Hormones are special chemicals created within the body by the endocrine system. These are necessary to control various functions and processes including growth, metabolism, and reproduction. Female hormones also regulate sexual desire, menstruation and reproduction.
In females, the two major hormones are estrogen and progesterone. These are produced in the ovaries, the same organs that release eggs during ovulation. The levels of both of these hormones drop dramatically at the time of menopause when a woman stops ovulating. The decrease in estrogen causes most of the symptoms associated with menopause.
ESTROGEN—Fluctuates Throughout Life
During the “follicular phase” of the menstrual cycle, (when an egg is ready for release from the ovary) a woman’s estrogen level rises. This occurs during the first two weeks of the cycle when the uterine lining builds up in preparation for pregnancy. When estrogen and progesterone levels drop, this triggers the body to release the uterine lining in the form of a menstrual period each month.
Girls begin to produce estrogen when they reach puberty, thus beginning the process of the menstrual cycle.
During menopause estrogen levels decrease. The ovaries no longer produce enough to thicken the uterine lining and create menstrual periods.
Estrogen—The Primary Female Hormone
- Builds Uterine Lining
- Stimulates Breast Tissue
- Thickens Vagina Wall
- Affects Many Other Organs
- Builds Bones
- Protective Effects on Cardiovascular System
PROGESTERONE—Necessary for Pregnancy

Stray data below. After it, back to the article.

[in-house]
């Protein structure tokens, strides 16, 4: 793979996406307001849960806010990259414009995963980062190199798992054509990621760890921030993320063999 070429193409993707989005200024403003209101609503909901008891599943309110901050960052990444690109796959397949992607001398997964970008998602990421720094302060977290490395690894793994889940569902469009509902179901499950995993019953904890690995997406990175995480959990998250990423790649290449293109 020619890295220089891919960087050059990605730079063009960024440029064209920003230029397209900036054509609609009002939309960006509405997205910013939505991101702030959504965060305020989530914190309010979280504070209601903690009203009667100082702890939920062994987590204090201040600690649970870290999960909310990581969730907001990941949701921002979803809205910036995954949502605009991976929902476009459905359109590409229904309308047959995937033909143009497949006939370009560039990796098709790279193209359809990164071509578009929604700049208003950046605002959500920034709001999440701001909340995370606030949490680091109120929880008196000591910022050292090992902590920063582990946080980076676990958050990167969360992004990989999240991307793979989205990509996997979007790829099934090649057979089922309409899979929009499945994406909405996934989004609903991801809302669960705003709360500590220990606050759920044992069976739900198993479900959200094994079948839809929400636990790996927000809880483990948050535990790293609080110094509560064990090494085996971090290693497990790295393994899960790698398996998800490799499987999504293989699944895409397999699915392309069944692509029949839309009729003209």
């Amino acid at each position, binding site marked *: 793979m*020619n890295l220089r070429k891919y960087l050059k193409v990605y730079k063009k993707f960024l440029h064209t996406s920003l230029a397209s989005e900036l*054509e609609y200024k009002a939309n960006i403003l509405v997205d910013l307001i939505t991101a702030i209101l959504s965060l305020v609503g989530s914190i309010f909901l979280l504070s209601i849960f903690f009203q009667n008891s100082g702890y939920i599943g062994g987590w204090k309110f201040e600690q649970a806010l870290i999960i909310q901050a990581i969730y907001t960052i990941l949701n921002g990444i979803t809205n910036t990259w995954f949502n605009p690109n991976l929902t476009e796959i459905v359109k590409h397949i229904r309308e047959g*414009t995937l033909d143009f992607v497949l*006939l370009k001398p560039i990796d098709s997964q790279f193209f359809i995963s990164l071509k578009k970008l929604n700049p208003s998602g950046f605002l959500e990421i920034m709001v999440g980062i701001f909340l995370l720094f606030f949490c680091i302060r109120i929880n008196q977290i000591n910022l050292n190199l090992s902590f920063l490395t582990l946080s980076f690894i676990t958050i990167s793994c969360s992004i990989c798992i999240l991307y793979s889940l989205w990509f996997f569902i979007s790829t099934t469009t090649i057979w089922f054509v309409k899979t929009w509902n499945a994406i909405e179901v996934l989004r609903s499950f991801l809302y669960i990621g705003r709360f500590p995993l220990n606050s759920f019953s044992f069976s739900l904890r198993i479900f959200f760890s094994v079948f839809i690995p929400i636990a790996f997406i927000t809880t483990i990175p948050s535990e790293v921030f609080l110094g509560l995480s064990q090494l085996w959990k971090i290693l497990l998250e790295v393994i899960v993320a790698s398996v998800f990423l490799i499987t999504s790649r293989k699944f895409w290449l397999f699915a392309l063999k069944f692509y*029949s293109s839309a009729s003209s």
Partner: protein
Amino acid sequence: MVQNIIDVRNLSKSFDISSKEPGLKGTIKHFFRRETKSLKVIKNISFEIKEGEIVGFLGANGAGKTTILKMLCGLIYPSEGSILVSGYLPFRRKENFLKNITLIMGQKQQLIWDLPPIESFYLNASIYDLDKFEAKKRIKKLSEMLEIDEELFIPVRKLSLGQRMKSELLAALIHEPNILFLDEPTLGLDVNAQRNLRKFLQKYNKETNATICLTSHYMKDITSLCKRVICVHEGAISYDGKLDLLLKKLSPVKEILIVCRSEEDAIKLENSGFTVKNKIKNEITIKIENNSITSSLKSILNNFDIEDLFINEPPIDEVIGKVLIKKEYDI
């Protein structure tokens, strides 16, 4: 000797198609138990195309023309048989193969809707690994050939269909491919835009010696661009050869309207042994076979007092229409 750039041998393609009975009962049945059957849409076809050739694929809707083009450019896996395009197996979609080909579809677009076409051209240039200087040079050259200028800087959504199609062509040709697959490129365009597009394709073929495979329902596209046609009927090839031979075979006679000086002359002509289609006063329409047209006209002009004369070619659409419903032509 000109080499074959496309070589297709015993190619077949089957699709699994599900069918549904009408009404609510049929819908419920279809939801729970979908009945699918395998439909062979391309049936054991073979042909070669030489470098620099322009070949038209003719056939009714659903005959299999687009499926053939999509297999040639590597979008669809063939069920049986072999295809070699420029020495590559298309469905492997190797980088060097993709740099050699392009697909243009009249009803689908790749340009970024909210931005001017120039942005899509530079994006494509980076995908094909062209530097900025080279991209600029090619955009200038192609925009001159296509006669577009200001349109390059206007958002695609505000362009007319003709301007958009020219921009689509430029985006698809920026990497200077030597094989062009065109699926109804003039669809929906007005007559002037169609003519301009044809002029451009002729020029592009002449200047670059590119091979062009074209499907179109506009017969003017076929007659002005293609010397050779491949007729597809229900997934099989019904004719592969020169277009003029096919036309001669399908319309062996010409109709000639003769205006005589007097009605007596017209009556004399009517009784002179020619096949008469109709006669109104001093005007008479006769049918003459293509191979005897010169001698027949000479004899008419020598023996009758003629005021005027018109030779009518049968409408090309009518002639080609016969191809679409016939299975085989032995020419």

In the second half of a woman’s menstrual cycle, after the egg has been released from the ovary, progesterone levels will continue to rise if a woman becomes pregnant. This helps continue to keep the uterine lining thick so the fetus can develop properly in a nourished environment. Progesterone levels will fall if fertilization does not occur, signaling the body to shed the uterine lining during menstruation.
While Progesterone is necessary for reproduction, it sometimes creates uncomfortable symptoms for women in the two weeks leading up to their menstrual period. These can include, bloating, irritability, fatigue, breast tenderness, headaches, cravings for carbohydrates and sugar, sleeplessness, and acne. A combination of physical symptoms and changes in mood can occur and are referred to as premenstrual syndrome, or PMS.
PROGESTERONE—MADE DURING 2nd HALF OF MENSTRUAL CYCLE
- PREPARES UTERINE LINING FOR EGG TO IMPLANT
- OTHER EFFECTS ON TISSUES THAT ARE SENSITIVE TO ESTROGEN
- STIMULATES SEXUAL DESIRE
- GENERATES ENERGY
- DEVELOPS MUSCLE MASS
TESTOSTERONE—Women Need it Too
Although testosterone is generally thought of as a male hormone, it is also produced in small amounts in women. While normal levels create sexual desire, elevated amounts may cause male physical characteristics such as facial hair growth.
Conditions linked with elevated testosterone levels can also include:
- Polycystic ovary syndrome (PCOS)
- Ovarian tumor
- Tumor on the adrenal gland
- Congenital adrenocortical hyperplasia
Menopause Symptoms—Causes and Concerns
Through various female hormones, (by way of the pituitary gland and the ovaries), the body is continuously communicating to raise and lower specific levels throughout puberty, the reproduction cycle, (during the child bearing years) and ultimately menopause. Factors such as stress, body weight, medications, and time of day and month, can drive these hormone fluctuations as well.
During perimenopause, (the period leading up to menopause) the ovaries slow the production of hormones including progesterone and estrogen. This leads to the body’s termination of the release of eggs from the ovaries each month. It is the lower estrogen levels that bring about many of the uncomfortable symptoms of menopause including:
- Hot flashes
- Night sweats
- Sleep disturbances
- Loss of muscle tone
- Difficulty focusing/concentrating
- Loss of hair
- Vaginal dryness
- Inconsistent menstrual cycle
- Lighter/heavier, shorter/longer periods